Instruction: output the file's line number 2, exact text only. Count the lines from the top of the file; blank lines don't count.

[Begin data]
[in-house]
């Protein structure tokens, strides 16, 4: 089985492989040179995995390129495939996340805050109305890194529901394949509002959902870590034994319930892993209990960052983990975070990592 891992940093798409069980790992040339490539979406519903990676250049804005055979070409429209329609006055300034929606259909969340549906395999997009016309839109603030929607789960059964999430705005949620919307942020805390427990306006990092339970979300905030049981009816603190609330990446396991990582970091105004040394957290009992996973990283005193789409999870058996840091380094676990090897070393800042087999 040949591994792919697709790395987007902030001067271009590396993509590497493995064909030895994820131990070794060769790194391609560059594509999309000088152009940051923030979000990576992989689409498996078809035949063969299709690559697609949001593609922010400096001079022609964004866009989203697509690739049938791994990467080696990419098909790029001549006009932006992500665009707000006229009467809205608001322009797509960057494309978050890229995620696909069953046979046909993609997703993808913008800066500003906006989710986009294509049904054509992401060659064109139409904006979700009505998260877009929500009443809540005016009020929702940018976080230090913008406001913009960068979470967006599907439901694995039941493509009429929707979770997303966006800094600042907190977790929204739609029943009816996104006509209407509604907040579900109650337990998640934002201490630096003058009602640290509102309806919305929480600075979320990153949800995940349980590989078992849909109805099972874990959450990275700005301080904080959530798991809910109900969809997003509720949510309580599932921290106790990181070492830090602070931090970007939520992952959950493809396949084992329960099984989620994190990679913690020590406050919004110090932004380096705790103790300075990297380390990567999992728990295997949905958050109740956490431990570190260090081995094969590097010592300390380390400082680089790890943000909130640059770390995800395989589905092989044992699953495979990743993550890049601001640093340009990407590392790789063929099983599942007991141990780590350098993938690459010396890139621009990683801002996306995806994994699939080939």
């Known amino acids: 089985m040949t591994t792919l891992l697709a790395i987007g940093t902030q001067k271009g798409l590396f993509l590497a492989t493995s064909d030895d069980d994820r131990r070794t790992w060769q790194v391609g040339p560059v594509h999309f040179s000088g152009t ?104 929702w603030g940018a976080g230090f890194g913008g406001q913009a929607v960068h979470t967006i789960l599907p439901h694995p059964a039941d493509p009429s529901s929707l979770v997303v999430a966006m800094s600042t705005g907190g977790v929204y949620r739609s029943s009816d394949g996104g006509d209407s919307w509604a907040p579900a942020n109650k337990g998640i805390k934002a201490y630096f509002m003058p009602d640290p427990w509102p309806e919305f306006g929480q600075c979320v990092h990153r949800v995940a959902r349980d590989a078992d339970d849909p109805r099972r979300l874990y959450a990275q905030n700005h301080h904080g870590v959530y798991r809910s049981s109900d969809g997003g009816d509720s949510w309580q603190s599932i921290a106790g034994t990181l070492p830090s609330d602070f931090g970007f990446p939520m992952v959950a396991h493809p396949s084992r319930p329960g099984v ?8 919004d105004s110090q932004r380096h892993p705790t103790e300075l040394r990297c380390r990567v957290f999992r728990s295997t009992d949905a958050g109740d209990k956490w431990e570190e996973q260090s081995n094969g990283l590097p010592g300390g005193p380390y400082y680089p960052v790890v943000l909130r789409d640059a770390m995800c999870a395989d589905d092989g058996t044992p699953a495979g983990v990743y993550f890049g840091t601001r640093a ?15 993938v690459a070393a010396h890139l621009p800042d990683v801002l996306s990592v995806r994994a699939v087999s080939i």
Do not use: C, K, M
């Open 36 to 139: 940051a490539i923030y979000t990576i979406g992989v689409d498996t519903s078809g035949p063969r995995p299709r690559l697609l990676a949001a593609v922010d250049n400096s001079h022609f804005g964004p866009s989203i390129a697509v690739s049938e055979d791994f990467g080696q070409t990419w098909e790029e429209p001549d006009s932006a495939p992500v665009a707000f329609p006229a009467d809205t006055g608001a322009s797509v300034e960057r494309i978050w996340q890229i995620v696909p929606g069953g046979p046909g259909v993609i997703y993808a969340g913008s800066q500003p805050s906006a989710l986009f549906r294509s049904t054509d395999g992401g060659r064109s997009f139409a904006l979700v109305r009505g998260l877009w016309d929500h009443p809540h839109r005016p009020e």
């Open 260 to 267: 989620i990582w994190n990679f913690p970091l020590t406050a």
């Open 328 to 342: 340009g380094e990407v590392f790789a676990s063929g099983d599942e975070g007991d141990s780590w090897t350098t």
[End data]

């Protein structure tokens, strides 16, 4: 089985492989040179995995390129495939996340805050109305890194529901394949509002959902870590034994319930892993209990960052983990975070990592 891992940093798409069980790992040339490539979406519903990676250049804005055979070409429209329609006055300034929606259909969340549906395999997009016309839109603030929607789960059964999430705005949620919307942020805390427990306006990092339970979300905030049981009816603190609330990446396991990582970091105004040394957290009992996973990283005193789409999870058996840091380094676990090897070393800042087999 040949591994792919697709790395987007902030001067271009590396993509590497493995064909030895994820131990070794060769790194391609560059594509999309000088152009940051923030979000990576992989689409498996078809035949063969299709690559697609949001593609922010400096001079022609964004866009989203697509690739049938791994990467080696990419098909790029001549006009932006992500665009707000006229009467809205608001322009797509960057494309978050890229995620696909069953046979046909993609997703993808913008800066500003906006989710986009294509049904054509992401060659064109139409904006979700009505998260877009929500009443809540005016009020929702940018976080230090913008406001913009960068979470967006599907439901694995039941493509009429929707979770997303966006800094600042907190977790929204739609029943009816996104006509209407509604907040579900109650337990998640934002201490630096003058009602640290509102309806919305929480600075979320990153949800995940349980590989078992849909109805099972874990959450990275700005301080904080959530798991809910109900969809997003509720949510309580599932921290106790990181070492830090602070931090970007939520992952959950493809396949084992329960099984989620994190990679913690020590406050919004110090932004380096705790103790300075990297380390990567999992728990295997949905958050109740956490431990570190260090081995094969590097010592300390380390400082680089790890943000909130640059770390995800395989589905092989044992699953495979990743993550890049601001640093340009990407590392790789063929099983599942007991141990780590350098993938690459010396890139621009990683801002996306995806994994699939080939």